If it is determined that current block signal includes DC block, then a scaled version (i.e., DC*scale factor) of DC coefficient is copied 424 to all 64 block locations. Also., from previously decoded frame, result is added and stored for current decoded frame. Moreover, a conventional YUV-to-RGB transformation is performed on current block signal, such that the output block signal may be displayed.

If it is determined that current block signal does not include DC block, then logical decision 426 determines whether current block signal includes low-frequency block (i.e., no coefficients above 15).

In this case, if it is determined that there is low-frequency block therein, then inverse transform is performed 428, zero rows and columns are skipped, transform output is added to block from previously decoded frame, and result is stored in current decoded frame. Additionally, a YUV-to-RGB transformation is performed on current block, such that output block is displayed.

On the other hand, if it is determined at logical decision 426 that there is no low-frequency block therein, then logical decision 430 determines whether high-frequency block conditions apply in quadrant 2, 3 or 4, as shown in FIG. 9. If such high-frequency block conditions are determined to apply, then high-frequency inverse transform is performed 432, transform output is added to block from previously decoded frame, and result is stored in current decoded frame. Further, YUV-to-RGB conversion is performed on current block, and such block is displayed.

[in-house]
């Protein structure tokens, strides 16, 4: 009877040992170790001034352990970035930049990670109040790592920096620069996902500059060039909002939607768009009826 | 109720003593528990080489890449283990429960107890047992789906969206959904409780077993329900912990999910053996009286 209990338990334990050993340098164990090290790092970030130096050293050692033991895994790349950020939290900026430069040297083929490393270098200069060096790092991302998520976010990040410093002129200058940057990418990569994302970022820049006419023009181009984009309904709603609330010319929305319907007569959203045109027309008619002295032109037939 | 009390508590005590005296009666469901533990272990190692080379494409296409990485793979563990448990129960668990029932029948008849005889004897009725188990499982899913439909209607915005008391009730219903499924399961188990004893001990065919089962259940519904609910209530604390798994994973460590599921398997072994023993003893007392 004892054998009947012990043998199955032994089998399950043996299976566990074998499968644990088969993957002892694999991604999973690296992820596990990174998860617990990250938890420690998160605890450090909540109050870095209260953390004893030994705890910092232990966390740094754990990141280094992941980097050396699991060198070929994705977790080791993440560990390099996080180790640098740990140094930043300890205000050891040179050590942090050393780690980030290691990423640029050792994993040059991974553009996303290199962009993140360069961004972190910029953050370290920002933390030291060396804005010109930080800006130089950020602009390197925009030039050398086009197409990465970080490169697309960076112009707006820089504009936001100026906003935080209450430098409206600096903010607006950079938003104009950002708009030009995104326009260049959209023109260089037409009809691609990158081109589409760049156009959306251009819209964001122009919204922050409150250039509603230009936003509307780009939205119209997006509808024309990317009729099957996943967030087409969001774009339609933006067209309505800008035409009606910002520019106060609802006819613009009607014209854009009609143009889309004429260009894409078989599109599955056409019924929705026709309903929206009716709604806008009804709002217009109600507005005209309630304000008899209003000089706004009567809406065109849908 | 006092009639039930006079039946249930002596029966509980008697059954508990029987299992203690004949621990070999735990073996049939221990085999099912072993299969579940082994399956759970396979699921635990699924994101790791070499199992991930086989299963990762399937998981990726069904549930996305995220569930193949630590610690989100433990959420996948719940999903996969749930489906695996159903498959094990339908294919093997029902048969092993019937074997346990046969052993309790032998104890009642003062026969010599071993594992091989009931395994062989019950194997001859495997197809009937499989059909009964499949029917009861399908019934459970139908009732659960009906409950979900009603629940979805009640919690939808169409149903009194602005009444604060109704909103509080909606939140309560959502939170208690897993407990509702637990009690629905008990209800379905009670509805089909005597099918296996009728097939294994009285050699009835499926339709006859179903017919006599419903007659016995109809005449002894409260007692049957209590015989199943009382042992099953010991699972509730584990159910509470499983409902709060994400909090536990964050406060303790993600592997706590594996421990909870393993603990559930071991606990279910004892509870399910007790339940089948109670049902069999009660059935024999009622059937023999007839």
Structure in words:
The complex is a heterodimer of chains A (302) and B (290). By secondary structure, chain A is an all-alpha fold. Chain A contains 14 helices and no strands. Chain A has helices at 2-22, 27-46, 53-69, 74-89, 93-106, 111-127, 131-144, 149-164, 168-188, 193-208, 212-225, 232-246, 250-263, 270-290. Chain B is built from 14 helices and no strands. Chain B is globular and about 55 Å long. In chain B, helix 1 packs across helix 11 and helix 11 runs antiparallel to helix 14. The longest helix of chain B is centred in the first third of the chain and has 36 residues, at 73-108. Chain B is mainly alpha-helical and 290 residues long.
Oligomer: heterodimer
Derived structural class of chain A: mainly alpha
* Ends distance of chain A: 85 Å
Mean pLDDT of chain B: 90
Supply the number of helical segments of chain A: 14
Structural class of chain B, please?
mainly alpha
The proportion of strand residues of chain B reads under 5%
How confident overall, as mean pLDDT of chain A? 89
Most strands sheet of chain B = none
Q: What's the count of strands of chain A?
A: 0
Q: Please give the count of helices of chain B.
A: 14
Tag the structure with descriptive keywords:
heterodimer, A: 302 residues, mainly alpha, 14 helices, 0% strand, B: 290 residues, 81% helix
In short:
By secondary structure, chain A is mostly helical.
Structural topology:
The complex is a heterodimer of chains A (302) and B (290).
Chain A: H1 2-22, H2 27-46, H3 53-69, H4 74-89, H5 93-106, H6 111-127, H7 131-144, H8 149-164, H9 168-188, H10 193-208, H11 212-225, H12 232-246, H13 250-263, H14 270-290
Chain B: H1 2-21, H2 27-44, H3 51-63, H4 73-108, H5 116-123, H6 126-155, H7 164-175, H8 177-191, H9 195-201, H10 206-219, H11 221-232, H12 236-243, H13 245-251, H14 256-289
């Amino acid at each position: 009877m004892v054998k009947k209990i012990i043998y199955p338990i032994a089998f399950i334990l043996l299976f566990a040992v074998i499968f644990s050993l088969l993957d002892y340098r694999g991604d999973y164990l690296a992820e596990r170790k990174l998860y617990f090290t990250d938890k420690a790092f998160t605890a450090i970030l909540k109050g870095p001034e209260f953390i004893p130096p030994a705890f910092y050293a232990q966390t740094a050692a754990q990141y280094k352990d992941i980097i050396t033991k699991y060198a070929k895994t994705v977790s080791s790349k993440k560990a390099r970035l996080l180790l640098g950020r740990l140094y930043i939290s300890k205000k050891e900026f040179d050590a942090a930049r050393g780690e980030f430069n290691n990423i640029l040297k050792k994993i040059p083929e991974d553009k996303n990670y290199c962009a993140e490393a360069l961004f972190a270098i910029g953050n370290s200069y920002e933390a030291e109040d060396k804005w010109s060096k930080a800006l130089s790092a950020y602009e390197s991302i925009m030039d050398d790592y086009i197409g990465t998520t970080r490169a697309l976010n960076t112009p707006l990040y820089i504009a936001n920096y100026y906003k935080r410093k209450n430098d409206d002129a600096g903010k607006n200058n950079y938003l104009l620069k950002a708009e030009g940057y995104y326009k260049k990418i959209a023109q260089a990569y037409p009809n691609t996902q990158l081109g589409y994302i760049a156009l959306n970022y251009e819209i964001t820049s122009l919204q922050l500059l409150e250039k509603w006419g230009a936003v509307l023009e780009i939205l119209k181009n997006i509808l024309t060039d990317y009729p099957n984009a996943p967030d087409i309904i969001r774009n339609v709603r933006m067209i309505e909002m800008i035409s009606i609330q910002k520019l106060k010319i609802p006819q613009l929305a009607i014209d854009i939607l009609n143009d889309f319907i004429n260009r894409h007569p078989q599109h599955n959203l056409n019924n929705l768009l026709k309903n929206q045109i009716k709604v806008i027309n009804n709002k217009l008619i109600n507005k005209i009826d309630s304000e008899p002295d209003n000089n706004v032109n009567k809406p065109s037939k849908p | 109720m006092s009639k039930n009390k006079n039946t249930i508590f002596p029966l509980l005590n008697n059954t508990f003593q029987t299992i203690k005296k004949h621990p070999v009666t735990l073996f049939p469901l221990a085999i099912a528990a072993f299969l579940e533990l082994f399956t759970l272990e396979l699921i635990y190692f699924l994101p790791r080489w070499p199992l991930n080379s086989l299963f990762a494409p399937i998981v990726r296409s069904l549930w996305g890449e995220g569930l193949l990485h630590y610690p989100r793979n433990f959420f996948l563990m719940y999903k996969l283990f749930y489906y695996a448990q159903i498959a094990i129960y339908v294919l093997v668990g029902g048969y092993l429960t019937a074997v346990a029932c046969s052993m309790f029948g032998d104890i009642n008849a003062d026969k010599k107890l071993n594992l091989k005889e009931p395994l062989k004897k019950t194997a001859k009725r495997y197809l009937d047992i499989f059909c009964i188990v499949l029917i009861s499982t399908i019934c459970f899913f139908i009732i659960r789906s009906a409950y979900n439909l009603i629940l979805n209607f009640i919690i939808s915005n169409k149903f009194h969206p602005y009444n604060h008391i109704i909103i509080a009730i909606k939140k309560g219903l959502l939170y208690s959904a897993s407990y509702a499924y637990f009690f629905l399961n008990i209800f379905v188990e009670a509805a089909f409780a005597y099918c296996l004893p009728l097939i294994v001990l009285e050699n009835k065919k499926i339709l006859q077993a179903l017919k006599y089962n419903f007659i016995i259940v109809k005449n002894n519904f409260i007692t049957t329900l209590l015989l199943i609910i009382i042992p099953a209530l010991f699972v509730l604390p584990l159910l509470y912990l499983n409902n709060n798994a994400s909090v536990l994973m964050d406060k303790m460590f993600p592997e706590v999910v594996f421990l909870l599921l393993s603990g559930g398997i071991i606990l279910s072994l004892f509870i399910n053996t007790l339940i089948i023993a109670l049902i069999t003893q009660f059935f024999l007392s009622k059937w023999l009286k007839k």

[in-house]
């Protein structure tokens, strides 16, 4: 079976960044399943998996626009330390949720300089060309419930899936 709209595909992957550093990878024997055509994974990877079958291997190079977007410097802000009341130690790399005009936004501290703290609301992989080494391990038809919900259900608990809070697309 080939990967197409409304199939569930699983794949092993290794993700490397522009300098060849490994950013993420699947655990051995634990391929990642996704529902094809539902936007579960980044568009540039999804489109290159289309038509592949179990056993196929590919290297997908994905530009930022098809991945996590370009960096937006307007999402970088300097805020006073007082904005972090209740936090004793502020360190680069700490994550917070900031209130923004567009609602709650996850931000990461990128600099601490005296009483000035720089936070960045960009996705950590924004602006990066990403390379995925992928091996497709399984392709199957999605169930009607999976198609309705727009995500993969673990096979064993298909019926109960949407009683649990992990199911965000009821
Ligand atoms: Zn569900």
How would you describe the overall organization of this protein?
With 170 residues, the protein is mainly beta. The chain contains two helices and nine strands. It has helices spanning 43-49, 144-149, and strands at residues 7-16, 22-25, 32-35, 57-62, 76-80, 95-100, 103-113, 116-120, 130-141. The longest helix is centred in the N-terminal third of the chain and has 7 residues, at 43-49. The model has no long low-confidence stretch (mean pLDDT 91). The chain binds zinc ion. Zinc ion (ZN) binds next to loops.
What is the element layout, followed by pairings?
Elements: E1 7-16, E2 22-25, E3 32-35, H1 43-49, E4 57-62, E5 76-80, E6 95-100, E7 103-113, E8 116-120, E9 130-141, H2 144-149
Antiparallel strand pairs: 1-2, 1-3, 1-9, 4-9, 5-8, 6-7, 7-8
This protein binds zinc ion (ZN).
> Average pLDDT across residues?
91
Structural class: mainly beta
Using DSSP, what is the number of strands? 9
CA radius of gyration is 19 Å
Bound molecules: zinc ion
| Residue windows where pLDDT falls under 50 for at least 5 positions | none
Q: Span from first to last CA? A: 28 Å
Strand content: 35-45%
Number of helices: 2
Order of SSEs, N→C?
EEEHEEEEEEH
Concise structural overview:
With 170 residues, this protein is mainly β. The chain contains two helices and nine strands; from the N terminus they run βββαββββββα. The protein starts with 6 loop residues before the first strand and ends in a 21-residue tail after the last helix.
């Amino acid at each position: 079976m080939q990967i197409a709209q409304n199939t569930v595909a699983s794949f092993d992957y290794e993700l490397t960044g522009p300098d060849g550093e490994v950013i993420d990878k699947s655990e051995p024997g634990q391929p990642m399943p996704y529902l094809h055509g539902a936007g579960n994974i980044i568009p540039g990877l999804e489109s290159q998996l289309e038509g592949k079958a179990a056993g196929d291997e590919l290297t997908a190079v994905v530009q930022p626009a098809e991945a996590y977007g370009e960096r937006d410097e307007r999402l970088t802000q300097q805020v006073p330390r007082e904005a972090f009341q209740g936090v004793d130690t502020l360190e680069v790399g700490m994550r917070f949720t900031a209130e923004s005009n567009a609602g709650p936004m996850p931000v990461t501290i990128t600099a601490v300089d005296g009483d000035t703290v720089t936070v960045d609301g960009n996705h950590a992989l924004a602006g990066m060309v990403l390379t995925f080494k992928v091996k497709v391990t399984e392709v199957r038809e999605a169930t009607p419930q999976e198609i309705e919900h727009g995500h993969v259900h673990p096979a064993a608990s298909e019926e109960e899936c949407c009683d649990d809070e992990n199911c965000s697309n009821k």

If it is determined that high-frequency block conditions do not apply in quadrant 2, 3 or 4, then logical decision 436 determines whether there is a known pattern of coefficients. If there is a known pattern of coefficients, then result of inverse transform is retrieved 438 from code book indexed via coefficients. Also, from previously decoded frame, add values to block and store result in current decoded frame. Further, YUV-to-RGB transformation is performed on current block, and such that output block signal may be displayed.

If it is determined that there is no known pattern of coefficients, then dense block condition applies 440. In this case, inverse 8.times.8 transform is performed with checks for zero rows or columns or zeroes on input data or repeated coefficients to block from previously decoded frame. Further, result is stored in current decoded frame. YUV-to-RGB transformation is also performed on current block, such that output block signal may be displayed. After steps 420, 424, 428, 432 and 438 are performed, compressed bit stream is read 414.

Hence, when signal 203 is classified 204 under "skip block" condition, no or null inverse quantize 206 is performed on classified signal 205 to generate signal 207, and no or null IDCT 208 is performed on signal 207 to generate signal 209. Also, no YUV-to-RGB conversion is performed, and no screen update is performed.